The last hurdle is Larimer County.
Thornton bought water rights in the Cache La Poudre River in the mid-1980s, to the tune of 289 shares. Then Thornton spent years in litigation to obtain a water decree.
The judges explained in their opinion that the water decree mandated Thornton to divert its water at two points (both north of Fort Collins,) transport that water through the Larimer County Canal and withdraw the water at WSSC Reservoir.
To get the water, Thornton then needed to apply for a 1041 permit to build the project. 1041 permits must be approved by Larimer’s Board.
The Larimer County Planning Commission voted to deny the permit on May 16, 2018. In response, Thornton worked to address the concerns raised by the Commission.
Thornton then submitted a revised application, which included changing the preferred route: a corridor approach that was recommended by the Commission.
With the new edits, the Commission recommended to the Board of Commissioners to approve the project.
However, the Board voted unanimously to deny the application on Feb. 11, 2019, saying the project did not meet seven of the 12 criteria.
Thornton took the decision to the District Court, claiming the board abused its discretion in denying Thornton’s application. While the Board said that seven of the criteria weren’t met, the District Court ruled that there were only three instances with competent evidence to support the Board’s conclusion.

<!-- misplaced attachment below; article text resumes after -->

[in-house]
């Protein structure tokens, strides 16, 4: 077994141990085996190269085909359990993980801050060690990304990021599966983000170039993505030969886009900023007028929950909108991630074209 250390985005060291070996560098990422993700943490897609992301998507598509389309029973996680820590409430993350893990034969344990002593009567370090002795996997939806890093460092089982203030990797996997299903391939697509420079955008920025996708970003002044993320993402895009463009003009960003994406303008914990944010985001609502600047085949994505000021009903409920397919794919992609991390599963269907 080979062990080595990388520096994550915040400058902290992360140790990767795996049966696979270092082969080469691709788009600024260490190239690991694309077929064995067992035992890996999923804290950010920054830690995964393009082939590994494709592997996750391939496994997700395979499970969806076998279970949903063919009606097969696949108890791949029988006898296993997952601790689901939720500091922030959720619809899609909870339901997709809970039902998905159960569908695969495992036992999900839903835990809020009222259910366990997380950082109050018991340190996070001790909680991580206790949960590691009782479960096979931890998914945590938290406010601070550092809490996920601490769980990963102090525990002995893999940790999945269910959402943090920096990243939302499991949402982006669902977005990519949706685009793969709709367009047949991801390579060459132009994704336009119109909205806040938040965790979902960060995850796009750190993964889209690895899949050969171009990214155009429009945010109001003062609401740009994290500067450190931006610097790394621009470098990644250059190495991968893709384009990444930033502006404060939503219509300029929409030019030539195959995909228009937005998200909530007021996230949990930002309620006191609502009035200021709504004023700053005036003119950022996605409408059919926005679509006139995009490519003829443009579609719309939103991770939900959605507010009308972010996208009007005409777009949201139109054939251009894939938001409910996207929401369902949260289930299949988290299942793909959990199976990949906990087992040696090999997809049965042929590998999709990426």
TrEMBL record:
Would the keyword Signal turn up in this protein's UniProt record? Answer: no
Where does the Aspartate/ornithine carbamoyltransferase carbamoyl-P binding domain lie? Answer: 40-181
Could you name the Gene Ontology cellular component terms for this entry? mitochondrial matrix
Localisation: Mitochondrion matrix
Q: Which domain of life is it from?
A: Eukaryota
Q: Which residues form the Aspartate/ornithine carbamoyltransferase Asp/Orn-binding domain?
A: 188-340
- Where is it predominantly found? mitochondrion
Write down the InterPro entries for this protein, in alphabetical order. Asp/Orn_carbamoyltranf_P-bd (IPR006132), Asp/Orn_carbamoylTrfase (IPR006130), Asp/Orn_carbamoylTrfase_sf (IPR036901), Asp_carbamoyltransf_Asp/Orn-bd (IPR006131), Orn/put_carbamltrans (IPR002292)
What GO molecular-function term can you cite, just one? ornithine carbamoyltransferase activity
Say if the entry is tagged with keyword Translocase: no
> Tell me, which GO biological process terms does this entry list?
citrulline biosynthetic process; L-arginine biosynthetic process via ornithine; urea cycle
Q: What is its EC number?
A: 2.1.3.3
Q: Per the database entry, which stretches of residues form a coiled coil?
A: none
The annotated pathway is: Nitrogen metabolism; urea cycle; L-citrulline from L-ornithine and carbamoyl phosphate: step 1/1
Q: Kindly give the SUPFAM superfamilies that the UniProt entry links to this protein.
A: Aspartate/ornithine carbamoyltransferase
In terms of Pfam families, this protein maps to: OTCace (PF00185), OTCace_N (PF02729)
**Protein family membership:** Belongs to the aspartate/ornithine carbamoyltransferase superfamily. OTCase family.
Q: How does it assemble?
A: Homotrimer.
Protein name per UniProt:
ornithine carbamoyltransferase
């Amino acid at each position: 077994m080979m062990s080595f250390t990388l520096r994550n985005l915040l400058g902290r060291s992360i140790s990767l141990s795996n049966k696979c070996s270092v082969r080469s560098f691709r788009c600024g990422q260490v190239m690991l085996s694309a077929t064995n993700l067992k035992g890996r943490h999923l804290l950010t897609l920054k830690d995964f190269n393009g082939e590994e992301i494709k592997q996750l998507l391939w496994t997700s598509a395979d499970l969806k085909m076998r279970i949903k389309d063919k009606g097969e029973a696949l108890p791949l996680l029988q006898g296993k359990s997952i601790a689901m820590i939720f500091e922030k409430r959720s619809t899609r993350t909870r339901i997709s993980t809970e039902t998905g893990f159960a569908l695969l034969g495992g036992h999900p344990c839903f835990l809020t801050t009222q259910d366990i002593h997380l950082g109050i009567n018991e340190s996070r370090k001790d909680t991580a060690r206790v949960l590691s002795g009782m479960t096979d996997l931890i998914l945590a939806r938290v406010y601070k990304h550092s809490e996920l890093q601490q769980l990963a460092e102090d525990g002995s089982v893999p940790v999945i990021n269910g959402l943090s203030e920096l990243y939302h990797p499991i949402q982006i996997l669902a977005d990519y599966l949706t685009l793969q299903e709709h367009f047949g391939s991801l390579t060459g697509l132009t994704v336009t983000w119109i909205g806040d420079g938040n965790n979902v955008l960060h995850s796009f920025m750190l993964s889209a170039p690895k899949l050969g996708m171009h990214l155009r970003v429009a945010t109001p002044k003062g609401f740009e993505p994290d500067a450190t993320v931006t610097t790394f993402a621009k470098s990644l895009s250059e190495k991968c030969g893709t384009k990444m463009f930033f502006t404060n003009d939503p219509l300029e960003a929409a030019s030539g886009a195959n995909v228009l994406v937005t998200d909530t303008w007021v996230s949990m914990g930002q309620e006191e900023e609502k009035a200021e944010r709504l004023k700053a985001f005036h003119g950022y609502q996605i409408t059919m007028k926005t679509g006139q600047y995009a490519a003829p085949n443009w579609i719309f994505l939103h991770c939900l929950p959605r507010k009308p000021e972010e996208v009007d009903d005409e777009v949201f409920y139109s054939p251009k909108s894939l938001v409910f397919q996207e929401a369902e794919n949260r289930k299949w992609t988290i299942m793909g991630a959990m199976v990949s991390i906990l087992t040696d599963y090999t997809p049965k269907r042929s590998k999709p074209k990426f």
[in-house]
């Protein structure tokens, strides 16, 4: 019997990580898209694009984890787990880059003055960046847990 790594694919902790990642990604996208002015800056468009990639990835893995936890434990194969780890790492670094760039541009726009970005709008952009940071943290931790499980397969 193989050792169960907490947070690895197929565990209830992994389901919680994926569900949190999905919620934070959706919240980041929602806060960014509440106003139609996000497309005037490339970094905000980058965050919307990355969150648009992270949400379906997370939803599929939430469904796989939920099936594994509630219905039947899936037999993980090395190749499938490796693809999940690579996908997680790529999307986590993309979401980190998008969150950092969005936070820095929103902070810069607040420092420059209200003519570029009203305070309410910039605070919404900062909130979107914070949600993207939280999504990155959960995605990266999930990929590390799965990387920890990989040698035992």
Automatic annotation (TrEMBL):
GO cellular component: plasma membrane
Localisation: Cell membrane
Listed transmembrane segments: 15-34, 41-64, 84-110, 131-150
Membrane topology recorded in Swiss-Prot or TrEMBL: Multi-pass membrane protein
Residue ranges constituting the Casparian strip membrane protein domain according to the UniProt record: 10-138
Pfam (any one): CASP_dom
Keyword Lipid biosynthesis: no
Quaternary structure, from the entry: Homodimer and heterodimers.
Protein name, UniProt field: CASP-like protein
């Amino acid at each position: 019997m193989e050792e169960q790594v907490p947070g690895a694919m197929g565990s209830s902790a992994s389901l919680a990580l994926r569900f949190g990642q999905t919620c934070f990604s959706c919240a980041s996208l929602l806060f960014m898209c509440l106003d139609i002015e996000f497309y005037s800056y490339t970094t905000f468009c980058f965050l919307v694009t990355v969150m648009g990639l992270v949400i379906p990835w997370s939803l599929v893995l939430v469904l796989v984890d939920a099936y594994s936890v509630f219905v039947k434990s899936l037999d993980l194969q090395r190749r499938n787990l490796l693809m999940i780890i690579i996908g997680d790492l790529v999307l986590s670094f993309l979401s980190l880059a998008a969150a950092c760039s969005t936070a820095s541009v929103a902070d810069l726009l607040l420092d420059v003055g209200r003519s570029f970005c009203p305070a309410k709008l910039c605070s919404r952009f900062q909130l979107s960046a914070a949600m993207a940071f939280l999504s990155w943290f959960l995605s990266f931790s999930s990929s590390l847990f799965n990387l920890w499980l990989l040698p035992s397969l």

Thornton appealed the decision at the Court of Appeals, who dealt a blow to Thornton, but recognized the Board’s abuse of power.
“Although we agree with Thornton that the Board exceeded its regulatory powers in several respects, we ultimately affirm its decision to deny the permit application,” they wrote in the opinion.
However, the decision goes both ways. Gary Wockner of Save the Poudre mentioned repeatedly that the water should flow down the Poudre River through Fort Collins.
“We’ve told Thornton for over 10 years that the water should flow down the Poudre River through Fort Collins,” Wockner said in a statement. “This is potentially a win-win project, but Thornton refuses to use the River as a conveyance and continues to waste everyone’s time and money in court.”